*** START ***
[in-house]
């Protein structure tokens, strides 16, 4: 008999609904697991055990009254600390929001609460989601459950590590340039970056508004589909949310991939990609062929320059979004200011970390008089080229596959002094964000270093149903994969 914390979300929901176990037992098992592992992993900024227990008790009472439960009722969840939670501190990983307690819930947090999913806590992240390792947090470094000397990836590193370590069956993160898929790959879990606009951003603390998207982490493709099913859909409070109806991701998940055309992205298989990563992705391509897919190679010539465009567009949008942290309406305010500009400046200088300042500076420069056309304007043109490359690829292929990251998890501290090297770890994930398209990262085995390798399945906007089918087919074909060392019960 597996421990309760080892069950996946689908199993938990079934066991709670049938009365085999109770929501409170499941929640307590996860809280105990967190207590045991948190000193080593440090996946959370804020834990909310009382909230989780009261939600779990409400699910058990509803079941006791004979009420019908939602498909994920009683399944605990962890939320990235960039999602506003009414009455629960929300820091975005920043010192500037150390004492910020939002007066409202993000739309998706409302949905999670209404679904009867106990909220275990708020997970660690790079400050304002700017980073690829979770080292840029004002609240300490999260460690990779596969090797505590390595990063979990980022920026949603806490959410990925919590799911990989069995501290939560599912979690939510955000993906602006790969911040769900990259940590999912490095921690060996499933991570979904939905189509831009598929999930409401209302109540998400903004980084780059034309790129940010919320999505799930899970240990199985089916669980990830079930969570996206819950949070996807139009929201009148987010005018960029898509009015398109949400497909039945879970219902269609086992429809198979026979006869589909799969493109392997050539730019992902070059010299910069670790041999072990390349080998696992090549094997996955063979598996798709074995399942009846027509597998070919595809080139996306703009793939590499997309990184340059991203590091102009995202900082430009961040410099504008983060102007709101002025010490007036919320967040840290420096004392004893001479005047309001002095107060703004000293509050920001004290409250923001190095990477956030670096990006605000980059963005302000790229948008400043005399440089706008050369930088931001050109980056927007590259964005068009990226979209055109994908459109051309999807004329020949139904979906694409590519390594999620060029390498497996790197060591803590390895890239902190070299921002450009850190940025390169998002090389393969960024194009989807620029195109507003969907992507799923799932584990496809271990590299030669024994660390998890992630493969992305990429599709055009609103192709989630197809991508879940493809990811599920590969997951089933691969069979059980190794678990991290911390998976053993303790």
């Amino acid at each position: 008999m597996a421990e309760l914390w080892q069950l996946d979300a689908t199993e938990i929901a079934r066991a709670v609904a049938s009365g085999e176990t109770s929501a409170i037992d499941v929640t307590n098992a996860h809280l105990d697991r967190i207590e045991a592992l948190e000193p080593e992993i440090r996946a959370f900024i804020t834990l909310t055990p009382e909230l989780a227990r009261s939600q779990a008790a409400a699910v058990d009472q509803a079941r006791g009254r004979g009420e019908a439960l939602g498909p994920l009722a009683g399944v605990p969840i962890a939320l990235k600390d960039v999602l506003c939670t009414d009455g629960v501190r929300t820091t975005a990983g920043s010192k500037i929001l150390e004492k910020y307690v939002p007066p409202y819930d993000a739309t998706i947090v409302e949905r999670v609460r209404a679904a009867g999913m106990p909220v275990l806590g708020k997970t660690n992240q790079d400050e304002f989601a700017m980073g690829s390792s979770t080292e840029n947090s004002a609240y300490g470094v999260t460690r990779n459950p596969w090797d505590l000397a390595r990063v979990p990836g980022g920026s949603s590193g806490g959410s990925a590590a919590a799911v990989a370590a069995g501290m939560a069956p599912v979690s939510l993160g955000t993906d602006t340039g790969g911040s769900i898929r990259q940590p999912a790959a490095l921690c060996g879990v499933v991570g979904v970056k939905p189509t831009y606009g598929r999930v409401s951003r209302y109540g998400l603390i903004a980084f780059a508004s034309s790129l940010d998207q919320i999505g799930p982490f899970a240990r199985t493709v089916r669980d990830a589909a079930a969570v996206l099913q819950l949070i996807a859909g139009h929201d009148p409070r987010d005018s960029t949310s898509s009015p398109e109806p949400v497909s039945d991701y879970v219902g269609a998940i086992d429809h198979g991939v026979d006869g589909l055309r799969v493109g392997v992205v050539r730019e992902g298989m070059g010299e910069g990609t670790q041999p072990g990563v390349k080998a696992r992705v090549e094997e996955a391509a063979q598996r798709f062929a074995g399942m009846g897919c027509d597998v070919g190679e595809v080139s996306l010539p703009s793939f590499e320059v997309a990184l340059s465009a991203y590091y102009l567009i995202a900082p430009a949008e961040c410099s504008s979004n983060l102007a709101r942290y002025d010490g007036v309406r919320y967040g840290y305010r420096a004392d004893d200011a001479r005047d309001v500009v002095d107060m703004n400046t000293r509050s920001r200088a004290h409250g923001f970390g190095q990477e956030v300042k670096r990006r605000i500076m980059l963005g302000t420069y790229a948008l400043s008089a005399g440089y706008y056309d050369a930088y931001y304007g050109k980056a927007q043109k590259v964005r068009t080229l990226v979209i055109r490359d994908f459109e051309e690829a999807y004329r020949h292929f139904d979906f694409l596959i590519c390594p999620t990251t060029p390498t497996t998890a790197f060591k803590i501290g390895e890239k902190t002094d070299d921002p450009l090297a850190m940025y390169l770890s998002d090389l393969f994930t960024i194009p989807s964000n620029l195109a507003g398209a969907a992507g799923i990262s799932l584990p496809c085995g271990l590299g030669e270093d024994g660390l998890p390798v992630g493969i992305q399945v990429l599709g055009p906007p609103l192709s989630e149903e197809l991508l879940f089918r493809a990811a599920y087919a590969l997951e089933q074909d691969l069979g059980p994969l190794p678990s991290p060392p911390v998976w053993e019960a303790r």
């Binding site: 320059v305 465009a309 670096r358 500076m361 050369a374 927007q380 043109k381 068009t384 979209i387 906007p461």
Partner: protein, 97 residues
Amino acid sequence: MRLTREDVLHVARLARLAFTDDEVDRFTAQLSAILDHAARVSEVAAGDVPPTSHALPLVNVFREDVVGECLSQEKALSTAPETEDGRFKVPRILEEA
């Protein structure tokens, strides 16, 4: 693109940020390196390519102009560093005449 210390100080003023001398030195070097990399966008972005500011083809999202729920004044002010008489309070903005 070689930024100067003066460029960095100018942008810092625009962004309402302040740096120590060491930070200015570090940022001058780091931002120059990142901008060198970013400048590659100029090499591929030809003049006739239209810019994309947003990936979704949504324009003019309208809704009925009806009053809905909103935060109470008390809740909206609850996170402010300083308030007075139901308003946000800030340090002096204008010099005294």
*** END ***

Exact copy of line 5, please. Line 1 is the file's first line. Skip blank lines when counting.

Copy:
Partner: protein, 97 residues